Mit der Location Referencing-Lizenz verfügbar.
Events are located along a route in a linear referencing system (LRS). Changes in the route due to route editing activities such as extend, realign, reassign, retire, reverse, cartographic realignment, and calibration have a direct impact on how events are located and how they are rendered on a map. Behavior changes with measure or geographic location, or both, on one or more events due to route editing is called event behavior.
ArcGIS Pipeline Referencing keeps event measures and geographic location (x,y), in alignment with route edits. You can configure event behavior rules for an individual event layer to define how event measures and shapes are updated for each type of route edit.
In the following example, a portion of Route1 is retired. This edit activity affects Event1 according to the event layer's configured event behavior.
After the route is retired, the events are updated using event behavior rules, which are set at the event layer level.
Types of event behavior rules
When an LRS route is edited, behavior rules are applied to the events. By configuring event behavior rules at the layer level, you can choose how the event responds when the route changes: preserve location, preserve measure, or maintain referent location.
Location Referencing supports the following event behaviors:
|Event behavior rule||Description|
Preserves the geographic location of the event; measures can change.
Preserves the measure or measures of the event; geographic location can change.
Preserves both measure and geographic location; event is retired.
Preserves the location of an event by snapping the event to a reassigned or abandoned route; measure or measures can change.
Changes both measure and geographic location to make the event go across the entire route.
Honor Route Measure
Preserves the measure of the event or changes the measure proportionally to the route measure change.
Honor Referent Location
Changes both measure and geographic location to maintain the referent location of the event using a persistent offset value.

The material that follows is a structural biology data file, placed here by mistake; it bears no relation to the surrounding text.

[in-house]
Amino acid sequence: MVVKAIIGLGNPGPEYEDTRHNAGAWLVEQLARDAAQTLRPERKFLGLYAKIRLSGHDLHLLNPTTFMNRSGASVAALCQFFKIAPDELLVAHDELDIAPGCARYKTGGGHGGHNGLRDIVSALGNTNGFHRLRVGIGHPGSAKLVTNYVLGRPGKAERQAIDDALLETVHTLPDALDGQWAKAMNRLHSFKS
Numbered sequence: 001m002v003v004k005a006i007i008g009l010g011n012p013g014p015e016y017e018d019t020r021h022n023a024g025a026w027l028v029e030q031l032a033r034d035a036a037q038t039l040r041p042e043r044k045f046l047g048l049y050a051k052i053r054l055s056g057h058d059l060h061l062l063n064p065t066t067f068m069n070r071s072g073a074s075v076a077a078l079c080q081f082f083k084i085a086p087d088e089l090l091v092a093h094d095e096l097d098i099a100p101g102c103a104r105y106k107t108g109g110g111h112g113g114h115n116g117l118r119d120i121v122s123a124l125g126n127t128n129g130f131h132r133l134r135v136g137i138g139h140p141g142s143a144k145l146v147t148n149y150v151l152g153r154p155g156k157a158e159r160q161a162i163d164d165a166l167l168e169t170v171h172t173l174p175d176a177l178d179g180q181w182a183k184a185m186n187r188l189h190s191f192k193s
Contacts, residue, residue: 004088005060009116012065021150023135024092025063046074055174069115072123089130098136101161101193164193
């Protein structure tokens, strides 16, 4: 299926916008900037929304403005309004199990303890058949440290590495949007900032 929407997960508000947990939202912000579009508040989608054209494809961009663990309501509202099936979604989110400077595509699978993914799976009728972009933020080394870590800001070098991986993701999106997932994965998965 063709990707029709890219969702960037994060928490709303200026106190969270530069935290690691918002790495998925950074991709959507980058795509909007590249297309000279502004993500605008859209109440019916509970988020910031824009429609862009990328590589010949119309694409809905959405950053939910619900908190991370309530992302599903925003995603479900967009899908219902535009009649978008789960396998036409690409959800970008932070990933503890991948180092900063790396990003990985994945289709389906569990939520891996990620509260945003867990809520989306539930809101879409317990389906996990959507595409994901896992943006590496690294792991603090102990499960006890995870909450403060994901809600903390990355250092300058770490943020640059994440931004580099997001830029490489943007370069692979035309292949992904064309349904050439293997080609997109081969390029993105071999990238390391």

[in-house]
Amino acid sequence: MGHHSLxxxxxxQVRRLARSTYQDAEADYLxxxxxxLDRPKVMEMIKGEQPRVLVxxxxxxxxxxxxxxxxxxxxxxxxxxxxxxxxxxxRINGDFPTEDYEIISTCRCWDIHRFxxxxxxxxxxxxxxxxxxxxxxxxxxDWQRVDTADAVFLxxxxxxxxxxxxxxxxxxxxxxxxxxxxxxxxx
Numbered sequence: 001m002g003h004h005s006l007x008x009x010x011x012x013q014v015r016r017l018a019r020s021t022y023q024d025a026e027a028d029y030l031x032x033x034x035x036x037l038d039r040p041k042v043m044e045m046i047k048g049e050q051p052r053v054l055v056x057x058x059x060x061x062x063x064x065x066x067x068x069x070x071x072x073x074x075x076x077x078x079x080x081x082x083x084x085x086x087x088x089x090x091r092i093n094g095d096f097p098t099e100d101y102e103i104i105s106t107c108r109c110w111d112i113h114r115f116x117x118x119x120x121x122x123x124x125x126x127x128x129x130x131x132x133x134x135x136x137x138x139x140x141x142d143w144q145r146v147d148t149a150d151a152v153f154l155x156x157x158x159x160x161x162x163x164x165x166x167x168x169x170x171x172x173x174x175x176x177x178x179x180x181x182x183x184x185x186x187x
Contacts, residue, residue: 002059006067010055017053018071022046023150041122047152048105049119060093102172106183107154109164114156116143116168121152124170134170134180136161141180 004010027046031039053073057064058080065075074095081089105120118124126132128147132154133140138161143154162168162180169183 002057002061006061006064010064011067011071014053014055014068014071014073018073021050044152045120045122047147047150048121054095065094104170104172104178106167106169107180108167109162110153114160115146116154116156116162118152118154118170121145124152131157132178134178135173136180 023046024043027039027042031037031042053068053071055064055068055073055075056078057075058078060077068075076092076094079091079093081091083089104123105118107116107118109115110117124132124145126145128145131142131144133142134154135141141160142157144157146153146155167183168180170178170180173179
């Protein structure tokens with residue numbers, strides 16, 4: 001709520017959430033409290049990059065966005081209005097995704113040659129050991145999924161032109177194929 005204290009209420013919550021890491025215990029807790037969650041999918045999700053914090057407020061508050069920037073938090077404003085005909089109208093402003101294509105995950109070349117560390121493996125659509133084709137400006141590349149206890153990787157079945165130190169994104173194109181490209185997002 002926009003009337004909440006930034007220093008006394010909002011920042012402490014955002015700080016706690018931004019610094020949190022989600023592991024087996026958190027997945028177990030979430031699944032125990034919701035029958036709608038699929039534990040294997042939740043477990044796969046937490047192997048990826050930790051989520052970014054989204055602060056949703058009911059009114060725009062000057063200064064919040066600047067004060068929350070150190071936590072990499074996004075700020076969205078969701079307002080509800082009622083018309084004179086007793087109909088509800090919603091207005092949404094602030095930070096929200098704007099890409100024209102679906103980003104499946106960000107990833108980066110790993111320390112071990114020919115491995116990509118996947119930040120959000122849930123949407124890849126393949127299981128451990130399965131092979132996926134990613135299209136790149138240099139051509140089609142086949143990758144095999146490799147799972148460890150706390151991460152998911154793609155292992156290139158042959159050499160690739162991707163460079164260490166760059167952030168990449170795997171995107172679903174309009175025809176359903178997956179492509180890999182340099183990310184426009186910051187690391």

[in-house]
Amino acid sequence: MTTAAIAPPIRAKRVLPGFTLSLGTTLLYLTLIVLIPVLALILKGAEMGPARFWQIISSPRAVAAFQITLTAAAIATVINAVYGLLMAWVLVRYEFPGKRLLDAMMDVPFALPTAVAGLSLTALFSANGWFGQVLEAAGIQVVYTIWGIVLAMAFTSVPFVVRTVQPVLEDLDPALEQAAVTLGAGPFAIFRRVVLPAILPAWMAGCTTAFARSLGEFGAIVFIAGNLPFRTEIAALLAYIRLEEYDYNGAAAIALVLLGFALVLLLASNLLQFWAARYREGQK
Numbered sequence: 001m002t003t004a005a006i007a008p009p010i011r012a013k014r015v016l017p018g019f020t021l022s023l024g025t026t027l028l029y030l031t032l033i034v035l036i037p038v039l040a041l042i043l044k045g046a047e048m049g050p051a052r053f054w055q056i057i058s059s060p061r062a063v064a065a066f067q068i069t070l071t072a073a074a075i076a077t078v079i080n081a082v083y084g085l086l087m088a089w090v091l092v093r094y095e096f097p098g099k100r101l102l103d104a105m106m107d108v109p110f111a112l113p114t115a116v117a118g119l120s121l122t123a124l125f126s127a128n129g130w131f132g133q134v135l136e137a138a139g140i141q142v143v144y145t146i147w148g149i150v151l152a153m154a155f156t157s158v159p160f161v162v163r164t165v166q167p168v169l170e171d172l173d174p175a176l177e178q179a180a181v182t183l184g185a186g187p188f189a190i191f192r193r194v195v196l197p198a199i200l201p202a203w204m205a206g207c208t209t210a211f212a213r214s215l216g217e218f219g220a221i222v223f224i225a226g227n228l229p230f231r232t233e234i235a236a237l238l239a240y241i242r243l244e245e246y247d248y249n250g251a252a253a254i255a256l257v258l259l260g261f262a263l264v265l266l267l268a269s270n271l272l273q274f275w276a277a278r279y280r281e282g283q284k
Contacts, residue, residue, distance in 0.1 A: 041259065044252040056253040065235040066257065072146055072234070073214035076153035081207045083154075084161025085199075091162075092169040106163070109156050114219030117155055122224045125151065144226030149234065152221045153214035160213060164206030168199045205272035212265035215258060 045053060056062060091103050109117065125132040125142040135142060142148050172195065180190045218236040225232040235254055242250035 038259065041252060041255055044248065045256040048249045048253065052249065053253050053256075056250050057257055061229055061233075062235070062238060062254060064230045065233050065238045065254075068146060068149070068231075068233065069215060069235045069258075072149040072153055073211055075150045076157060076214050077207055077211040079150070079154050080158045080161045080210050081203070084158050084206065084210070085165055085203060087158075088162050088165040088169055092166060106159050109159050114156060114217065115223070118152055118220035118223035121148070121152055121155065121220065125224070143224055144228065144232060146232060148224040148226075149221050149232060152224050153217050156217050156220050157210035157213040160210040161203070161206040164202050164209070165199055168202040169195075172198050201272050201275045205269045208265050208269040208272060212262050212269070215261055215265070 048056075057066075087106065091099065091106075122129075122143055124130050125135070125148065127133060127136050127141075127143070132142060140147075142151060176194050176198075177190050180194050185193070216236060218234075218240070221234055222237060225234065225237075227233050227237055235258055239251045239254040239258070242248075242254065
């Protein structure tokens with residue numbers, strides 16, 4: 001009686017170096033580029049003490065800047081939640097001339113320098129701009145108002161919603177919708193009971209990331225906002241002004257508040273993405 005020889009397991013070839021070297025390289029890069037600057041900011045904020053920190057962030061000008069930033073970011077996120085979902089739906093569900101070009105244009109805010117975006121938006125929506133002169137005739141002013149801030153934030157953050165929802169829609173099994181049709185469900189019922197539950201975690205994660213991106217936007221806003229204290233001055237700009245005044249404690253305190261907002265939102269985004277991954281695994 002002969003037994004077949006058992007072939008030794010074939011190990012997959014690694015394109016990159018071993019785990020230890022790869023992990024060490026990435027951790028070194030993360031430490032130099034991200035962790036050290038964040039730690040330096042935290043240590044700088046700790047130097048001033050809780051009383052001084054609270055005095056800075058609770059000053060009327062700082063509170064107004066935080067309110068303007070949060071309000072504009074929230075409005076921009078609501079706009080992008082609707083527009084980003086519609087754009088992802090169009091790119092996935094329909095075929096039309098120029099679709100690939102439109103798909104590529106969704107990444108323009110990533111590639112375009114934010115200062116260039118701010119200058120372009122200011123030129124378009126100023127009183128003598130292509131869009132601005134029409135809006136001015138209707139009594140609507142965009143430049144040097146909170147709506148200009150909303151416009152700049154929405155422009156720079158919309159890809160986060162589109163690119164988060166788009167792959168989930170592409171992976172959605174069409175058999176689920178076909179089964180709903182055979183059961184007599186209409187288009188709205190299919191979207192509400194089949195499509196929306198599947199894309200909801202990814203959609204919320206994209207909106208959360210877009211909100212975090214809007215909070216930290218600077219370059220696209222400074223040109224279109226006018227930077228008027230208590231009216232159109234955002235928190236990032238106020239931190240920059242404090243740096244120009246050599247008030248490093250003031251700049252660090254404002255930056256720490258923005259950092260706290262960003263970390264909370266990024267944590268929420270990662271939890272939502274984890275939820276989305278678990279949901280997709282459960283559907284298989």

To understand how LRS events get updated due to the route edit type for each event behavior rule, see the following:
Configuration of event behavior rules
Default event behavior is configured during the event registration process when using either the Create LRS Event or Create LRS Event From Existing Dataset tool.
The following event behavior rules are set by default:
Carto Realign Route
Honor Route Measure
You can review configured event behaviors by viewing LRS event properties and modifying the default behavior for route calibration, route retirement, route extension, route reassignment, route realignment, route reversal, and cartographic realignment using the Modify Event Behavior Rules tool.
When recalibrate downstream is chosen for an LRS route edit, the configured calibrate event behavior is applied to downstream sections.
Application of event behavior
To apply event behaviors after route edits, execute the Apply Event Behaviors tool for the route network. This tool processes event behaviors for all event feature classes registered to the route network.
The Apply Event Behaviors tool does not need to run after each route edit activity. You can schedule it to run based on your business requirements. It only processes event behaviors for those routes that have been edited but not yet processed.
Events that span routes on a line network
Pipeline Referencing supports events that span routes when those routes are on the same line in a line network. In cases where an event spans multiple routes on the same line, route editing impacts events on that line. The impact that your edits have on events that span routes depends on the configured event behavior.
For example, in the diagram below, route editing impacts both events once event behaviors are applied.
Route1, Route2, Route3, and Route4 are part of the same line. Event1 spans Route1 and ends in Route3, while Event2 starts in Route3 and ends in Route4. A portion of routes 2 and 3 are retired from measures 18 to 32.
Once event behaviors are updated, the result of the route edit affects both Event1 and Event2. In the following example, Stay Put has been applied.